Skip to main content

Thought for the Day: Revenge Means Refusing to Perform a Kindness Because of Past Behavior

Please sit down before you read this.  No, really; I am still reeling from this realization that I heard in a shiur from R' Simcha Feuerman, shlita.

The Torah forbids both נקמה/taking revenge and נטירה/holding a grudge.  These are among the mostly clearly and unequivocally stated prohibitions in the Torah, Vayikra 19:18:
לֹא-תִקֹּם וְלֹא-תִטֹּר אֶת-בְּנֵי עַמֶּךָ, וְאָהַבְתָּ לְרֵעֲךָ כָּמוֹךָDon't take revenge, don't hold a grudge; you shall love your friend as yourself.
Pretty darn clear, no?  No searching for hidden meanings, no tricky context.  Just straight up, "don't do that".  Chazal do define the terms for us, of course, with examples.  Reuvein comes to borrow a hammer from his friend, Shimon, who refuses.  No good reason; just refuses.  The next week Shimon comes to borrow Reuvein's screwdriver.  If Reuvein refuses because Shimon didn't lend his hammer, then Reuvein has transgressed the prohibition of taking revenge.  If Reuvein demures, but as he is handing the screwdriver to Shimon, he notes, "See?  I am not like you; I am happy to help a friend", then Reuvein has transgressed the prohibition of holding a grudge.

Most of the discussion about these prohibitions revolve around how hard it is to not hold a grudge, what you can do to remove ill feelings, etc, etc.  All true.  R' Feuerman, though, said we should look a little more carefully at the example Chazal give for נקמה/vengeance.  Reuvein didn't attack Shimon; not physically, not monetarily.  Reuvein did nothing more then refuse to do a simple act of kindness for Shimon, simply because of Shimon's past behaviour.

The simple meaning of נקמה/vengeance, is nothing more than withholding kindness.  Reuvein leaves for work one morning and sees the neighborhood cats have knocked over the garbage can.  Reuvein looks down and thinks, "You know, she didn't even make my coffee this morning; why should I help her out by picking up the garbage?  Maybe she'll think twice about the way she treats me now."  Besides the obvious fact that no man should ever let his wife deal with the garbage, he just transgressed the איסור דאורייתא/Torah prohibition of לֹא תִקֹּם/don't take revenge.

He would have been better off with ham sandwich. Then he would just need to make up with HaShem.  Now he needs to make up with his wife and also HaShem.  No amount of t'shuva, fasting, prayer -- not even Yom Kippur -- can do anything for him until he apologizes to and appeases his wife.  He didn't, chas v'shalom, hit her.  He didn't take anything (physically) away from her.  He just withheld a simple act of kindness.  I would not want to be in his shoes; in fact, I keep trying to get those horrid things off.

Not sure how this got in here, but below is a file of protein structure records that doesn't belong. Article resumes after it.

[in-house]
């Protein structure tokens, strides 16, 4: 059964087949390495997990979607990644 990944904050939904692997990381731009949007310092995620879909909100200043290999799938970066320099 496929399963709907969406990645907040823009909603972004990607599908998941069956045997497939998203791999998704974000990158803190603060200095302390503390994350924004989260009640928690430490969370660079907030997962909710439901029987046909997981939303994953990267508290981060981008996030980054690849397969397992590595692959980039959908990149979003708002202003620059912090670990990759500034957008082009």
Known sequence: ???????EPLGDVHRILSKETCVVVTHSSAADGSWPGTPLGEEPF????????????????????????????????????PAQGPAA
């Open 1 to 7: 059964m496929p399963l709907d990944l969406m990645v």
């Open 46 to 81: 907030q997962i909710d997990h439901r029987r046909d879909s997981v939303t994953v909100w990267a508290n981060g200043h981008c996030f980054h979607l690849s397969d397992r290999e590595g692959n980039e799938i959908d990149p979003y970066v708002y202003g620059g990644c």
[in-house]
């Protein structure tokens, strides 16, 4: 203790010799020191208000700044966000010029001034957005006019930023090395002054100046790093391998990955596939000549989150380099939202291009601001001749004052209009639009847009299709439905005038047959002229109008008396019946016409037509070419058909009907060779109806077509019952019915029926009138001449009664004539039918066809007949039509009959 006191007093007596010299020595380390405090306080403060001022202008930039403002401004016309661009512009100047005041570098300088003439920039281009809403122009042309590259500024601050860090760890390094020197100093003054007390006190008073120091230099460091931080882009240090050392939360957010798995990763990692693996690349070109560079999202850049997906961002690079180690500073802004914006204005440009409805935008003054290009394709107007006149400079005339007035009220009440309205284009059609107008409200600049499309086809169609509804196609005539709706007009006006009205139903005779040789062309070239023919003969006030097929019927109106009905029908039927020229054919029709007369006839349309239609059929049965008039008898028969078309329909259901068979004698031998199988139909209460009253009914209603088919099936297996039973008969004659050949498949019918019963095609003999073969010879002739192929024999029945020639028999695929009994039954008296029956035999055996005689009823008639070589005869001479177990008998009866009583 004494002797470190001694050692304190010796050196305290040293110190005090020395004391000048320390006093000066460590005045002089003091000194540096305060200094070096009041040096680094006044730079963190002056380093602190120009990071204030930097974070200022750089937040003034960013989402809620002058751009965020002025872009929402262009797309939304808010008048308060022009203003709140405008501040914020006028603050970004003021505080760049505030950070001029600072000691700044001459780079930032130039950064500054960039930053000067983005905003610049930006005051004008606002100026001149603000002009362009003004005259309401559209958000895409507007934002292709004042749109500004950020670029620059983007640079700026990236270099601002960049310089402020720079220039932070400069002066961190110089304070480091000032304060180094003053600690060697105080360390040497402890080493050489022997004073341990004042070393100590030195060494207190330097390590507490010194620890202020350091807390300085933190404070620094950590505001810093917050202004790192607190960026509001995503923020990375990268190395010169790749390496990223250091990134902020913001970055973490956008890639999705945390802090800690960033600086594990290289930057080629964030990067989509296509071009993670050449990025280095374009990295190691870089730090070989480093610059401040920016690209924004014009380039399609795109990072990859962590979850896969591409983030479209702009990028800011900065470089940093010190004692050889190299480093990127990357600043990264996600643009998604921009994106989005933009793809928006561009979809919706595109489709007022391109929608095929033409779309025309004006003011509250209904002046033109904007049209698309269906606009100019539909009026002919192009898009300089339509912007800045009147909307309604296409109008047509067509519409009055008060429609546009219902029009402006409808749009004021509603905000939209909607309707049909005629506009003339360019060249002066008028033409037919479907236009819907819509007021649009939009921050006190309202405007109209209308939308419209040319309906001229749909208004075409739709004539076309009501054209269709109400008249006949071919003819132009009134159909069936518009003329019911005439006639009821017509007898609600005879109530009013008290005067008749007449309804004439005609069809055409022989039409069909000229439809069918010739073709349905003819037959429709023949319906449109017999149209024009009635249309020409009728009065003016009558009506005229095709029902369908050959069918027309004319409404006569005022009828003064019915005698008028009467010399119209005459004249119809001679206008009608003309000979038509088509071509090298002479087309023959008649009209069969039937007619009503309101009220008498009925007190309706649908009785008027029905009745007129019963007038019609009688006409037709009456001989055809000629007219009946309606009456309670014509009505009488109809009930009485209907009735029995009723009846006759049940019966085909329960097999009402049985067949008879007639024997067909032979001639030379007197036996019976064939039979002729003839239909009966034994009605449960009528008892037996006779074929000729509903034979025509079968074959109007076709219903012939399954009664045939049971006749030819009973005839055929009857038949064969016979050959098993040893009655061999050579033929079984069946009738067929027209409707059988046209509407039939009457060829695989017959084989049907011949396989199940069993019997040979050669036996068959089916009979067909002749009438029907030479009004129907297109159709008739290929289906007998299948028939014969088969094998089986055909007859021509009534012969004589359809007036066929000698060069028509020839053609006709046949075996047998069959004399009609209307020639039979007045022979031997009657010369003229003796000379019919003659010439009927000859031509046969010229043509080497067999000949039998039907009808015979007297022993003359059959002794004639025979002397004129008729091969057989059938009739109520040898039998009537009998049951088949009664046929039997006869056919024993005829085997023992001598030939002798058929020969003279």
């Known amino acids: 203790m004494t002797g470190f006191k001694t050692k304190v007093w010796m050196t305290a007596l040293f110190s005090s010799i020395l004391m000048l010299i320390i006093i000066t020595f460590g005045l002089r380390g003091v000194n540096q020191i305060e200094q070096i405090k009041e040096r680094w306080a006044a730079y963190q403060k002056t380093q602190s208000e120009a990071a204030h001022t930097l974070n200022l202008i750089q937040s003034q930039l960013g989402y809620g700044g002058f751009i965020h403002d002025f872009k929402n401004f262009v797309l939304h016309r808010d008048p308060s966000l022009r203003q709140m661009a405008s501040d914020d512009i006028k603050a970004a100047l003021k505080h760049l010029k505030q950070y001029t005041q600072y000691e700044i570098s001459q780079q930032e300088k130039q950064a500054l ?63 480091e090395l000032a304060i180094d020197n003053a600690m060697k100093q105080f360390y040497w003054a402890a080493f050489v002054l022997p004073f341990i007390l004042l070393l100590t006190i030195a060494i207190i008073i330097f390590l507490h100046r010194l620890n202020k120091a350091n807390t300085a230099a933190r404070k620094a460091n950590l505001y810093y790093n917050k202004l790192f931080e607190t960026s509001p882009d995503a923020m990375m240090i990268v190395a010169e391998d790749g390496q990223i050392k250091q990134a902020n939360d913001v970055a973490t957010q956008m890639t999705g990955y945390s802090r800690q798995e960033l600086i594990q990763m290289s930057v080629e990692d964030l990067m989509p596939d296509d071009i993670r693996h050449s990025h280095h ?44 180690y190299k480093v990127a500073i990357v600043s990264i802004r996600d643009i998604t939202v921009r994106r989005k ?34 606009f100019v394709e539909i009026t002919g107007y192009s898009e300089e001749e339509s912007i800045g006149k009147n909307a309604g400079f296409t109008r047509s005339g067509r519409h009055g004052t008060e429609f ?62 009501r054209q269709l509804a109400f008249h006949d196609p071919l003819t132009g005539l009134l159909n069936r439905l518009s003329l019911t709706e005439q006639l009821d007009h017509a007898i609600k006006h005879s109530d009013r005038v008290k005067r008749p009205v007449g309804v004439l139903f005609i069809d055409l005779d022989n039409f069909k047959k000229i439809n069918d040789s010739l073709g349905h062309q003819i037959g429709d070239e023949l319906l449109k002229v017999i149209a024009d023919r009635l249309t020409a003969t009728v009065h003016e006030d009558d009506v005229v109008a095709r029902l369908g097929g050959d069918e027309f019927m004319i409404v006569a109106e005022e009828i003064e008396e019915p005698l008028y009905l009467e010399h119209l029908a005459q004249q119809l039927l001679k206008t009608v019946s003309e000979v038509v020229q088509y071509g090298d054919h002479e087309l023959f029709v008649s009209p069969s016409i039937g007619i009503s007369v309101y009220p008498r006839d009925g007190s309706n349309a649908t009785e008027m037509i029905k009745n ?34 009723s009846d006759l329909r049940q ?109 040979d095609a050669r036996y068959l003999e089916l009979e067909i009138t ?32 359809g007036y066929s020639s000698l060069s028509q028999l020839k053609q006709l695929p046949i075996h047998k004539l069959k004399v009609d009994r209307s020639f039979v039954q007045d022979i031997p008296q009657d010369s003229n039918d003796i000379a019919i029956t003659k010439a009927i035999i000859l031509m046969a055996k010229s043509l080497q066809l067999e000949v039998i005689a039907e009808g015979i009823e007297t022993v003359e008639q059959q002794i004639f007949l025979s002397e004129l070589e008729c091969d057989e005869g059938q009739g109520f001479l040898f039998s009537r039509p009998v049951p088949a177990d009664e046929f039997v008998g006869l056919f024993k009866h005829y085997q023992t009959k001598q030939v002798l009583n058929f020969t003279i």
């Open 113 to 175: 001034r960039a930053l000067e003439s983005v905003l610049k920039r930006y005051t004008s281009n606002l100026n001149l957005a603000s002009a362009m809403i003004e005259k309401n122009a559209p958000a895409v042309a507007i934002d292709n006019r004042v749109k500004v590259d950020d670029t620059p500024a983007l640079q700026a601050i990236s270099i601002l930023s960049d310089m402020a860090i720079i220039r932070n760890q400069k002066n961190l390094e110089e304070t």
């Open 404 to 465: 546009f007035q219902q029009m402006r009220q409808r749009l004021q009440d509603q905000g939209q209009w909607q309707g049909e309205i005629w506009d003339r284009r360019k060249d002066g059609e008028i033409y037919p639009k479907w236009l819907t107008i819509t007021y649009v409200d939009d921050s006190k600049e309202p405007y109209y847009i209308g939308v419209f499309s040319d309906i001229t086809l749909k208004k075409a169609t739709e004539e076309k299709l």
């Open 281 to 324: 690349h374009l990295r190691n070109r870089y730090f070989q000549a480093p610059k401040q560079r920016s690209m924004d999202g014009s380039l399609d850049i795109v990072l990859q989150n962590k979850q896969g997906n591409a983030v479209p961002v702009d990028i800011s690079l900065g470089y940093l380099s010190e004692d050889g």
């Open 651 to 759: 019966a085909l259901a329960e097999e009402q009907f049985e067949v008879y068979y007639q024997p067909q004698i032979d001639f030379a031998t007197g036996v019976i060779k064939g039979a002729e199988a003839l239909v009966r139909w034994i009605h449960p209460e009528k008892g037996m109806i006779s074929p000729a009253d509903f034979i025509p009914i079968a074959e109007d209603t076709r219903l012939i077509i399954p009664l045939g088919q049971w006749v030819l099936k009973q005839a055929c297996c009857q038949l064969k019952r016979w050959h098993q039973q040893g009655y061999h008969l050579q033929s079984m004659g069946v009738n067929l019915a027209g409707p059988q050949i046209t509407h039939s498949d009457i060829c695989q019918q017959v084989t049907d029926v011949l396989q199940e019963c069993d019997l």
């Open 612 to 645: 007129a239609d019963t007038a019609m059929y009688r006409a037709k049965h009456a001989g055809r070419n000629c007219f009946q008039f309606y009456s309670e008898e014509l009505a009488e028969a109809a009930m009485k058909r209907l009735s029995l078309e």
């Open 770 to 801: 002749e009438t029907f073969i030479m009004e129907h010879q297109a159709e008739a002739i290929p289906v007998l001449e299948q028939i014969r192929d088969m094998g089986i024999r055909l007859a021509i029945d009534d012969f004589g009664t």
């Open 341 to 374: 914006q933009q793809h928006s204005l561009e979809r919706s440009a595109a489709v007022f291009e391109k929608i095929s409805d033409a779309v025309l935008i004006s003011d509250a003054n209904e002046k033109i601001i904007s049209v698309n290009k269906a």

Comments

Popular posts from this blog

Thought for the Day: Using a Mitzvah Object for Non-Mitzvah Purposes

As I am -- Baruch HaShem -- getting older, I am more cognizant of the fact that I'd like to stay as healthy as possible right up the moment I leave this world.  Stuff hurting is not the problem (I am told there is an old Russian saying that once you are 40, if you wake up and nothing hurts -- you're dead), stuff not working, however, is a problem.  To that end, for several years now I commute to work by bicycle (weather permitting, 30 minutes on an elliptical machine when weather does not permit).  I recently took up some upper body weight training.  Not because I want to be governor of California, just simply to slow down loss of bone mass and extend my body's healthy span.  Simple hishtadlus.  I have an 18 month old grandson who is just the right weight for arm curls (yes... I am that weak), so I do about 10 reps when I greet him at night.  He laughs, I get my exercise; all good.  (Main problem is explaining to the older ones why zeidy can't give them the same "…

Thought for the Day: Thanking HaShem Each and Every Day for Solid Land Near Water

Each and every morning, a Jew is supposed to view himself as a new/renewed creation, ready for a new day of building his eternal self through Torah and mitzvos.  We begin the day with 16 brachos to praise/thank/acknowledge HaShem for giving us all the tools we need to succeed.  We have a body, soul, and intellect.  We have vision, mobility, and protection from the elements.  Among those brachos, we have one that perhaps seems a bit out of place: רוקע הארץ על המים/Who spreads out the land on/over the water.  After all, it's nice to have a dry place to walk, but does that compare to the gratitude I have for a working body and vision?  As it turns out, I should; as explained by the R' Rajchenbach, rosh kollel of Kollel Zichron Eliyahu (aka, Peterson Park Kollel).  Your best bet is to listen to the shiur; very distant second is to continue, which I hope will whet your appetite for the real thing.

First... since we have dry land, I don't have to slog to work through even a foot…

Thought for the Day: Hydroponically Grown Humans... I Feel Sick

I am quite openly not at all objective about abortion in particular and the treatment of human embryos and fetuses in general.  I am, after all, the survivor of a failed abortion attempt.  Not "thought about it, but couldn't go through with it"; not "made appointment, but then chickened out at the lost moment"; but, "tried a procedure, but was unsuccessful in attempt to abort".  Nonetheless, I try very hard to listen to the liberal arguments (which I also used to chant as part of the general liberal catechism), and am genuinely empathetic to the plight of women who find themselves in that difficult position.

What I heard on NPR this morning, however, has left me feeling physically ill.  You can read about it, if you like, but here's the bottom line:  Scientists in Cambridge have achieved a new record, they fertilized a human ova and then kept it alive in vitro (that is, in a test tube/petri dish in a laboratory) for 14 days.  The scientist involve…